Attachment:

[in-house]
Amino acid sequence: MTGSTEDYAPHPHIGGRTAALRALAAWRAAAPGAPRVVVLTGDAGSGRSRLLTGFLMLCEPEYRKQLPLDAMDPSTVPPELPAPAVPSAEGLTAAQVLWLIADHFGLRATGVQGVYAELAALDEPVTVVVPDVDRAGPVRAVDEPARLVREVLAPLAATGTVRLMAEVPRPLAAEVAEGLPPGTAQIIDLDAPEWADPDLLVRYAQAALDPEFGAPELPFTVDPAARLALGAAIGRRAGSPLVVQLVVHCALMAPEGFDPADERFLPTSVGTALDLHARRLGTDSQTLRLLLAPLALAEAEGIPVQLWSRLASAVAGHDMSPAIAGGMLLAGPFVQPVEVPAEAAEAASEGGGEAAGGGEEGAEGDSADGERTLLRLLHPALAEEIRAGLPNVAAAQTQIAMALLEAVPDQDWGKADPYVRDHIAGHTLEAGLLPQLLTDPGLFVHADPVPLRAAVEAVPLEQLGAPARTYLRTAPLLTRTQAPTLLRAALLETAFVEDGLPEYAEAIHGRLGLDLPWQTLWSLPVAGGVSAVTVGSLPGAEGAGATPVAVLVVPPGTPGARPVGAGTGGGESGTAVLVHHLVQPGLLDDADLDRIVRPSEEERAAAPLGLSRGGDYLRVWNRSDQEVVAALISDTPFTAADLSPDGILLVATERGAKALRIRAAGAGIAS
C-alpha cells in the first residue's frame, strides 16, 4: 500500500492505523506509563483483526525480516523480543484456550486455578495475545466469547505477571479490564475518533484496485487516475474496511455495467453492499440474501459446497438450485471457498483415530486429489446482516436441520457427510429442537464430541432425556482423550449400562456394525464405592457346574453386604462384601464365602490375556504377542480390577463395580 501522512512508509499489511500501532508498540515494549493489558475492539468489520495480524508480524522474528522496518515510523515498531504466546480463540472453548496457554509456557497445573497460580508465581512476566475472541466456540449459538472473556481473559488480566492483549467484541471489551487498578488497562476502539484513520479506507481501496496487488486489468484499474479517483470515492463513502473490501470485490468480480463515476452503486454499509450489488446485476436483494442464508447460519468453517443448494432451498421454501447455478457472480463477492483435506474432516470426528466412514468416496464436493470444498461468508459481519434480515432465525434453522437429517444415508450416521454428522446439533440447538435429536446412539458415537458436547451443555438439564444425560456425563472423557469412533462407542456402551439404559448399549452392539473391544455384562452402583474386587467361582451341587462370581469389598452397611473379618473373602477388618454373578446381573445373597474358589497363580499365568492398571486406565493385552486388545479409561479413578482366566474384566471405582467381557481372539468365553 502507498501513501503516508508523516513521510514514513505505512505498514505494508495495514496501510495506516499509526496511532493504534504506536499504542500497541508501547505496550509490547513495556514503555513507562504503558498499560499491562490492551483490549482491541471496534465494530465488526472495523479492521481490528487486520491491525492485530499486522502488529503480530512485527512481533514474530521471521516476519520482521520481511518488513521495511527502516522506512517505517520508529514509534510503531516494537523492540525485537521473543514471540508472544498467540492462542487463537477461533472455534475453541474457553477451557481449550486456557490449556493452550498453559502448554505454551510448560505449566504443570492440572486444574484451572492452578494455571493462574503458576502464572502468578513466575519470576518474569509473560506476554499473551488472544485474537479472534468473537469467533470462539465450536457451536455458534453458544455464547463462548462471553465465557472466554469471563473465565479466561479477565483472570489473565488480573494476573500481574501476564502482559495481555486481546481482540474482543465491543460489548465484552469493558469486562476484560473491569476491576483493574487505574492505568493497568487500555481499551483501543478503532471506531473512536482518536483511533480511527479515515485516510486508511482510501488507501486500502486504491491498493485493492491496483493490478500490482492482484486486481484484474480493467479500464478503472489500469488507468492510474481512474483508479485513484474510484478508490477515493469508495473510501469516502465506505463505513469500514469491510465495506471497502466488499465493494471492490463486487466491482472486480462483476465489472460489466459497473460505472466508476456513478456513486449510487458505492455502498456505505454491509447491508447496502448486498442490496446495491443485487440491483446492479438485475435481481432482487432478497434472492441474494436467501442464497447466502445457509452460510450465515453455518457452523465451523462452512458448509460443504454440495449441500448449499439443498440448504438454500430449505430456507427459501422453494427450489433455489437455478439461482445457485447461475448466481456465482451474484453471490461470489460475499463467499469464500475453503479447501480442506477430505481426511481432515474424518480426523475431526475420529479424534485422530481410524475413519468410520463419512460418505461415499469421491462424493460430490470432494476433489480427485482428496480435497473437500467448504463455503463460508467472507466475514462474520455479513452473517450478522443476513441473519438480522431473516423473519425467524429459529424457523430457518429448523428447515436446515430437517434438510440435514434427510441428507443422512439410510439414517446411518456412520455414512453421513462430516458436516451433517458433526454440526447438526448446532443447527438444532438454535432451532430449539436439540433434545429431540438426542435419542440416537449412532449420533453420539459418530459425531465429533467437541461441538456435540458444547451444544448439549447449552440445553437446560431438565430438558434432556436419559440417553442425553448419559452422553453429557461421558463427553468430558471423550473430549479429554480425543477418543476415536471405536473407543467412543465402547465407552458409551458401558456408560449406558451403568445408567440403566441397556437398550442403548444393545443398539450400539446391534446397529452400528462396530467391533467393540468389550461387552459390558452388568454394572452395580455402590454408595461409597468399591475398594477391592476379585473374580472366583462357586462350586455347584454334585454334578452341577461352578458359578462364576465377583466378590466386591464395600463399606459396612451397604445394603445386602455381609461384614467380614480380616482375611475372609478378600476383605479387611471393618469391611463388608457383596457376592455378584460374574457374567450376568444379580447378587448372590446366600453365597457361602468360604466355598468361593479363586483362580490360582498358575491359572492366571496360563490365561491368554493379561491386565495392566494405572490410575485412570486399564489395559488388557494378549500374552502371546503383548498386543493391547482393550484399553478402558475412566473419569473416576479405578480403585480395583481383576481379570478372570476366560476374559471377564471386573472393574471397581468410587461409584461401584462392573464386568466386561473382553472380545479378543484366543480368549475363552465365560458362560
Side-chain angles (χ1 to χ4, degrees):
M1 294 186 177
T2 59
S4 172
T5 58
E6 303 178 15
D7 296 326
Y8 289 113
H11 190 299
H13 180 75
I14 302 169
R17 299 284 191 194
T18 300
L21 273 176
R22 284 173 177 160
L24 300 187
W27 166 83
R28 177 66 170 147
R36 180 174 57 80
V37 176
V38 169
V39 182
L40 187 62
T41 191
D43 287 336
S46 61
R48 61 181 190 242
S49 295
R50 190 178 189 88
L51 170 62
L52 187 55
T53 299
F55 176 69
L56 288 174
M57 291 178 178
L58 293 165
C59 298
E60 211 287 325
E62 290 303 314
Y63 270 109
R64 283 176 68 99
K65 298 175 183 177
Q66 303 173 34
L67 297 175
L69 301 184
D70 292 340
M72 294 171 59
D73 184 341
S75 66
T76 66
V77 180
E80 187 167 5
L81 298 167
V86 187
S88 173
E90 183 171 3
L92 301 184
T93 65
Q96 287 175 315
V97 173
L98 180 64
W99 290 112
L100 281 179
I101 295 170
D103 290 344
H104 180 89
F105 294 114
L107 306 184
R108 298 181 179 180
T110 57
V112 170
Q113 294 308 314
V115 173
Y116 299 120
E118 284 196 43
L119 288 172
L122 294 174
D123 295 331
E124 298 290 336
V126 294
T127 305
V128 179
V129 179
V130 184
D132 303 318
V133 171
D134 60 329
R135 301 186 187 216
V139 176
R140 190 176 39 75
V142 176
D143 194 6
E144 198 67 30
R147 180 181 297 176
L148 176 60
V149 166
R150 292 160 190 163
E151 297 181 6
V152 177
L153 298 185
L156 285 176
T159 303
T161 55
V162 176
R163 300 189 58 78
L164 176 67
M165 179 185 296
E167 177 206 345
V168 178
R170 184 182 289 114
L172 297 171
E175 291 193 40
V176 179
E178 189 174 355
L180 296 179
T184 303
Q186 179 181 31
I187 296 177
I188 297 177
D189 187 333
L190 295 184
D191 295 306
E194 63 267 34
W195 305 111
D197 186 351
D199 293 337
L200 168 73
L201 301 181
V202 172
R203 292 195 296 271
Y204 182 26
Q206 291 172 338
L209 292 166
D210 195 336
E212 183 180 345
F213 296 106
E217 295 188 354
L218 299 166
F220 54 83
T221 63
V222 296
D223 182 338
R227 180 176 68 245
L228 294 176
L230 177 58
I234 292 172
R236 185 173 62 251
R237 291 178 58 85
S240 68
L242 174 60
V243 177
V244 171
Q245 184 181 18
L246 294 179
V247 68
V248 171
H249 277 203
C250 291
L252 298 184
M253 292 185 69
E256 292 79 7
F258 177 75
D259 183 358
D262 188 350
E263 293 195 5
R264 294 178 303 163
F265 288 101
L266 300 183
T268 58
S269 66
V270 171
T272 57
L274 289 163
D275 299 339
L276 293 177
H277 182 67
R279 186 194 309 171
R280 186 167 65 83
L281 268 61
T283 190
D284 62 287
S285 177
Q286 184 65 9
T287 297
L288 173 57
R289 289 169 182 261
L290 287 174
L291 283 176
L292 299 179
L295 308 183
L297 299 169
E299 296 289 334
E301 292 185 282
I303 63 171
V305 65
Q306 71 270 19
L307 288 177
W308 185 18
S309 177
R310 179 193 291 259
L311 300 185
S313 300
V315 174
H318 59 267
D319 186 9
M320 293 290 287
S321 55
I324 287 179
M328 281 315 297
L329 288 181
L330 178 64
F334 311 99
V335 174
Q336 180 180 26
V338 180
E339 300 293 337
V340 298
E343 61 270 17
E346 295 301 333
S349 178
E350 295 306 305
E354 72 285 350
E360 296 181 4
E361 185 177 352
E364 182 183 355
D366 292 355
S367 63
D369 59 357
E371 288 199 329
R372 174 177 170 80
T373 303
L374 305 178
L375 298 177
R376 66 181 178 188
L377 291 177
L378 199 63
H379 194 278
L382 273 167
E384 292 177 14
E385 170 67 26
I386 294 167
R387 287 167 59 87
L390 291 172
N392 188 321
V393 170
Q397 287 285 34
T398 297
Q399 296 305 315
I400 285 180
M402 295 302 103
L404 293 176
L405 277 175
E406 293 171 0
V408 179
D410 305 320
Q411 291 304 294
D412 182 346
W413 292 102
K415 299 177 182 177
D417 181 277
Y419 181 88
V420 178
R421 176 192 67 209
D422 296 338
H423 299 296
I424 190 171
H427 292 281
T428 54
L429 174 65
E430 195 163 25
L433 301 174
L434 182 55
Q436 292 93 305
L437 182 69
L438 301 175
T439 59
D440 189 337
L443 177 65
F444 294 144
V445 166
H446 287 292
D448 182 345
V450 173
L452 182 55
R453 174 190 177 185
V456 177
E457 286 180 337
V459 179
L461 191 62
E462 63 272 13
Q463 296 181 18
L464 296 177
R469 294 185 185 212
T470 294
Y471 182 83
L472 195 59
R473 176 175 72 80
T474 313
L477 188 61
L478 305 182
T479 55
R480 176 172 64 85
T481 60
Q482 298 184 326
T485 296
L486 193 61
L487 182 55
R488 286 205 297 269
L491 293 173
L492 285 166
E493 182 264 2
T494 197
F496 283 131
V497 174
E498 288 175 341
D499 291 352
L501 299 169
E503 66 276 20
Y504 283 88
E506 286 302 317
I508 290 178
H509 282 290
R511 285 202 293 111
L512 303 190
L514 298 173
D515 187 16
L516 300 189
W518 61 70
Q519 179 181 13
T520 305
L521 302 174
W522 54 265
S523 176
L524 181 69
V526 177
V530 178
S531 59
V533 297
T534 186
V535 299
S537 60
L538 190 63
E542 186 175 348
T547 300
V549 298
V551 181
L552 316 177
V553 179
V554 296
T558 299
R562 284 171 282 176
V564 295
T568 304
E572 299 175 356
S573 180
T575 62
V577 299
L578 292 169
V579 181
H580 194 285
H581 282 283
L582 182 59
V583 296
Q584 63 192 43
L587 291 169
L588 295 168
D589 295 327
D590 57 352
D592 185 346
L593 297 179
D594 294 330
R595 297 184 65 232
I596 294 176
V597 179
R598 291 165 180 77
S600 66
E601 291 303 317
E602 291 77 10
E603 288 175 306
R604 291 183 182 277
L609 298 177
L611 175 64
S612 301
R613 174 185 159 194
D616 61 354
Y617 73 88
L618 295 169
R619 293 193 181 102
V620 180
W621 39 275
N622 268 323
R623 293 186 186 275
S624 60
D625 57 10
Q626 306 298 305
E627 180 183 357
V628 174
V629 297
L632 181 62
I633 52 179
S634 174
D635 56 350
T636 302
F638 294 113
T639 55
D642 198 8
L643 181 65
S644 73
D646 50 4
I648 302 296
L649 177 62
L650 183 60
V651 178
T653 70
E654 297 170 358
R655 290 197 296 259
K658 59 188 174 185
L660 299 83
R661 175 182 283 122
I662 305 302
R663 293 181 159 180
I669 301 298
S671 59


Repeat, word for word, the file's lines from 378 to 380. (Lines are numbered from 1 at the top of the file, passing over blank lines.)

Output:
R598 291 165 180 77
S600 66
E601 291 303 317